By Scott Hamilton
After 15-years of utilizing the Intel processors in their computers, Apple is making the decision to begin producing their own ARM processors for the coming release of the MacBook line. It was on June 6, 2005, that Steve Jobs made the risky move of stepping away from the PowerPC processors to using Intel processors. Many in the industry thought this shift would be the end of the company.
Since then Apple shifted its market towards cellular phone and portable technologies; as a result they began to develop low power ARM-based systems to power things like the iPhone, iPad and Apple Watch. Earlier this year when the latest iPAD processor actually outperformed the Intel processor in the latest MacBook, the decision was made to move forward with an ARM based personal computer and laptop.
As he made the official announcement, Apple CEO Tim Cook called June 6, 2020, a “historic day for the Mac,” comparing it to the historic move from PowerPC to Intel fifteen years ago. The main difference is, this time many technology experts are claiming this is a move that will save Apple. The big advantage to this move is that you will now be able to have not only a single code base for iOS and macOS, but the two operating systems will be able to directly share applications natively. This means that you will no longer have to run an emulator on macOS in order to test and build applications for the iPhone and iPAD.
What this means for us and the end users of the product is that we can buy a single license for an application like Adobe Photoshop, and because the underlying central processing unit and OS layer will be the same, we can run it both on our iPAD and our MacBook.
The transition will not happen immediately as the demand for systems is greater than the production level of the ARM chips today. The transition will happen over a two-year period beginning with production at the end of this year, producing Intel-powered Macs alongside ARM-powered Macs. They will slowly stop manufacturing the Intel-Powered Macs over the course of two years.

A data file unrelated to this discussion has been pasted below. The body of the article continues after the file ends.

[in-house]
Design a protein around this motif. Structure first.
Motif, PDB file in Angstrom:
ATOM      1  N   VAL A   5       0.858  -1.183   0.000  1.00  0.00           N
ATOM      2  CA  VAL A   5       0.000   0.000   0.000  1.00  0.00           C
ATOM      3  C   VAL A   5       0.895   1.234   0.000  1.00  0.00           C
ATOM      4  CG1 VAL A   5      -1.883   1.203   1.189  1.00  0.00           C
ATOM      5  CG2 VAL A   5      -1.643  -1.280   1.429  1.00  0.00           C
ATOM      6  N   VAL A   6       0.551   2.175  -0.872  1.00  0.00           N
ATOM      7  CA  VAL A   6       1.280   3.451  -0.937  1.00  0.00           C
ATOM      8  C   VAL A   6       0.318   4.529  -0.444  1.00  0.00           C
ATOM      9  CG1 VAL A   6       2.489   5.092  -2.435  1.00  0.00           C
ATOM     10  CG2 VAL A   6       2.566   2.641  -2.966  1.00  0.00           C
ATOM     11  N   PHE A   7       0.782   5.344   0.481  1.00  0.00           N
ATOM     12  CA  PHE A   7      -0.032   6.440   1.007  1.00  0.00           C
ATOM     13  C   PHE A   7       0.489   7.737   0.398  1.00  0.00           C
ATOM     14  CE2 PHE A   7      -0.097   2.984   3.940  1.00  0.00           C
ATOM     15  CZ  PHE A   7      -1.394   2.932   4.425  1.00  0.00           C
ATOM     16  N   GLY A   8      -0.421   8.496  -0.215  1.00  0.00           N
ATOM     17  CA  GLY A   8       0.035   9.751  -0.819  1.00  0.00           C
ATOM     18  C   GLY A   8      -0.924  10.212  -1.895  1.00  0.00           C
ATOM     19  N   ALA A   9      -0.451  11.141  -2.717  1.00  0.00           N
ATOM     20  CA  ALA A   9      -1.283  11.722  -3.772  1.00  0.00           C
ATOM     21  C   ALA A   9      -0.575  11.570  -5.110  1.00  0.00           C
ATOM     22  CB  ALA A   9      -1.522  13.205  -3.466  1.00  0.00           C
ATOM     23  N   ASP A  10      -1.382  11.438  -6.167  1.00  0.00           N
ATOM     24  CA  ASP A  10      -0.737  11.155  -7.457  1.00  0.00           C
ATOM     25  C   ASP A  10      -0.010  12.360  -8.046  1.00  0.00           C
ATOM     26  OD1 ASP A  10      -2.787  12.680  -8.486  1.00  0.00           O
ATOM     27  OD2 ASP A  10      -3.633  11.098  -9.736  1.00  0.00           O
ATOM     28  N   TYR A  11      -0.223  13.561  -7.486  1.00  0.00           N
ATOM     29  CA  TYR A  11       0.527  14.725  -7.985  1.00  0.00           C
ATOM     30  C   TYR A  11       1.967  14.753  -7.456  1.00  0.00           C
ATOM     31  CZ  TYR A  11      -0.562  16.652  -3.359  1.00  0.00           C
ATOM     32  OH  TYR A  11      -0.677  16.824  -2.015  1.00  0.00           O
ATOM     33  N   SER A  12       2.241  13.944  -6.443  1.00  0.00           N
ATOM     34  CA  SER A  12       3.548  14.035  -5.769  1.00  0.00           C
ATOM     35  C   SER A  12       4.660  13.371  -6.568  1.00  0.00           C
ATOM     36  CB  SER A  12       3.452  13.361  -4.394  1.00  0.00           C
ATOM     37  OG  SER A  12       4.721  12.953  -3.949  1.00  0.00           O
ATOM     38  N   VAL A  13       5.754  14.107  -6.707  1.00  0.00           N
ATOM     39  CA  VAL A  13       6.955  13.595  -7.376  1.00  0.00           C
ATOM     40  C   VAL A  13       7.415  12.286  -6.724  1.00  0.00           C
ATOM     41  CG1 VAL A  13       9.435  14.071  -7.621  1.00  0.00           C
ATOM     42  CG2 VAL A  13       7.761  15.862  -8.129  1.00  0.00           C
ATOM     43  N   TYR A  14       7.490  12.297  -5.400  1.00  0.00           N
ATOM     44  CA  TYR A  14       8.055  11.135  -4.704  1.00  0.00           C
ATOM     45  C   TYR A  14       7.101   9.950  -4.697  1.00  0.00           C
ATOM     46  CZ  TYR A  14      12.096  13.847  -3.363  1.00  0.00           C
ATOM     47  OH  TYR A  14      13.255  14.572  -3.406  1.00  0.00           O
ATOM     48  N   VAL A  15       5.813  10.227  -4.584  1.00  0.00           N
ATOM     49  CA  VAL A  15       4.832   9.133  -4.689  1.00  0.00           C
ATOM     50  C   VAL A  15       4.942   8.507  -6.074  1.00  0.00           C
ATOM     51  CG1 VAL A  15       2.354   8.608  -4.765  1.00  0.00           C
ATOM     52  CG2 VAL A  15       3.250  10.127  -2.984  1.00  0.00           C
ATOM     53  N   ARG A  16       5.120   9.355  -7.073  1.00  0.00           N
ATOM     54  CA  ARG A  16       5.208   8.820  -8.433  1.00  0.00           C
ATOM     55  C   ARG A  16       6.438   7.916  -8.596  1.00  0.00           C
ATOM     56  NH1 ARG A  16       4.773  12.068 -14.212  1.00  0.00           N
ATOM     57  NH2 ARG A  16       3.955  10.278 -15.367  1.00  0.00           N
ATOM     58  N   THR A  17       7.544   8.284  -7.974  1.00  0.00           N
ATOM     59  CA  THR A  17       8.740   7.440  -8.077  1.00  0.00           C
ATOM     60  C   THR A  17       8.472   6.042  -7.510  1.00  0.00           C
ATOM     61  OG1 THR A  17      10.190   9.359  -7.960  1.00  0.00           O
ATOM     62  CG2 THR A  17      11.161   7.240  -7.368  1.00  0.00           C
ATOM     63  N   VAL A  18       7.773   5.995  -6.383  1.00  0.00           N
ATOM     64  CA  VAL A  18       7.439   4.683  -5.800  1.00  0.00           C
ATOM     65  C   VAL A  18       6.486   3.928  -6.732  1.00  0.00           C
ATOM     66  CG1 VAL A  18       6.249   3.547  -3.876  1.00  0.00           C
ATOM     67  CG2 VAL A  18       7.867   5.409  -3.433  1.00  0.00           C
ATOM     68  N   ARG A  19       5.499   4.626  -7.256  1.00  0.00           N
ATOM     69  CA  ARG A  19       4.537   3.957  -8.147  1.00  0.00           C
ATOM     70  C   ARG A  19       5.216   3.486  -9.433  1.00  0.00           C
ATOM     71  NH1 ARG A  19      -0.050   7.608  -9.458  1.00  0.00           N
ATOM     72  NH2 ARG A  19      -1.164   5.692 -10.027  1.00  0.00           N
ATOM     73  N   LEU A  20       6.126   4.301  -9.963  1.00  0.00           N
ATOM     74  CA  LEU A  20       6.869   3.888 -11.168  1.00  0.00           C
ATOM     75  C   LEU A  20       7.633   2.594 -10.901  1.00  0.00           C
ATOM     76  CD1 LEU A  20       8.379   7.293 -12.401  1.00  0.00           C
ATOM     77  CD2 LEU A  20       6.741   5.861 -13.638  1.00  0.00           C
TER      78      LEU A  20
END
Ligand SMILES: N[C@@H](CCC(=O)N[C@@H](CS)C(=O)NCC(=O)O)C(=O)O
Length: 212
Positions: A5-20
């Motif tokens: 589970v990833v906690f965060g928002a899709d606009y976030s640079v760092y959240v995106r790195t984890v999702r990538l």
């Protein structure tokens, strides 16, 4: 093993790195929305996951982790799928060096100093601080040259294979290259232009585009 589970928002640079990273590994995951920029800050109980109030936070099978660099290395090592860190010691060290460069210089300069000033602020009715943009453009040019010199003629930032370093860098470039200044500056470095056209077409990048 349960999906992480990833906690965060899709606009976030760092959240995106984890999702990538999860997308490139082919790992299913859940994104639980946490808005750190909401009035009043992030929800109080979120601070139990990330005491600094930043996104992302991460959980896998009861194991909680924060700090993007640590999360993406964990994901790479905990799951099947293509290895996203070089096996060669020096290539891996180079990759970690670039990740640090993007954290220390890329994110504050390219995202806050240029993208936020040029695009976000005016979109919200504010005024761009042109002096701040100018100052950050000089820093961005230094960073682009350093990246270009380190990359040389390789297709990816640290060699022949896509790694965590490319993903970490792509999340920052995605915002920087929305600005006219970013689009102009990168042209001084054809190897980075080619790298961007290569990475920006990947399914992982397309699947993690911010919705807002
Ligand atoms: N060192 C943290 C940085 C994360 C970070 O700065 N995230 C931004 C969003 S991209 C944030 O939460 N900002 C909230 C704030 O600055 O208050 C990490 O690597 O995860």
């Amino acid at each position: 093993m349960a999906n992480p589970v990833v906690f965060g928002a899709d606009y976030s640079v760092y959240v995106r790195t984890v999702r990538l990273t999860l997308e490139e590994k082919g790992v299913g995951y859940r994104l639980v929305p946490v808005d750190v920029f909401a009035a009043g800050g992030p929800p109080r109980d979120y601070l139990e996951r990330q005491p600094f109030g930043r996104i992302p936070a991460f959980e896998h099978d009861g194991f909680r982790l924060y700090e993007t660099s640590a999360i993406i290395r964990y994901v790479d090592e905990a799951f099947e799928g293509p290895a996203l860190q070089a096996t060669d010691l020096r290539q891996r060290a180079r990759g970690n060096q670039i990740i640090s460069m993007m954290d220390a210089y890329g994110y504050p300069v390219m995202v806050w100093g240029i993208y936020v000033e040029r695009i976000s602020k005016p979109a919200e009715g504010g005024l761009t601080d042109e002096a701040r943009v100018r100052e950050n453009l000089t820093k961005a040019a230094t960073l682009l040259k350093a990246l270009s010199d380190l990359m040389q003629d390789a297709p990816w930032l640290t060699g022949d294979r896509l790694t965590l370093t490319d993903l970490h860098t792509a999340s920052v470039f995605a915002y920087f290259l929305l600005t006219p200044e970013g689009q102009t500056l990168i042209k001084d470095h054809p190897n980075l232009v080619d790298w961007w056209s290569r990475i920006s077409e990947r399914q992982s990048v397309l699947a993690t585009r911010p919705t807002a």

Apple promises this new line will have higher performance, longer battery life and tighter integration between the hardware and software. This will result in a more stable work environment. The problem that arises from this kind of transition is the third-party software vendor support of the transition. Apple software developers are fully on board with the changes and will update their applications to support the new hardware.
Apple is taking the chance that their third-party software vendors will work to update their applications to support the new hardware. Apple engineers state that a vast majority of applications will only need a few days of work to get them running on the new platform. The good news is that Microsoft has already begun working on updates for their Office Suite on the new platform, with Word, Excel and PowerPoint already running on the prototype hardware. Apple was also able to demonstrate Adobe products like Lightroom and Photoshop running smoothly on the new Macs, creating smooth 5GB animations.
I have been tracking computer technology for about forty years, and for the first time in over a decade we have multiple processor vendors competing for our money. A majority of computers over the last decade have been running primarily Intel processors and it is nice to see a change in the market.
Stay safe and learn something new.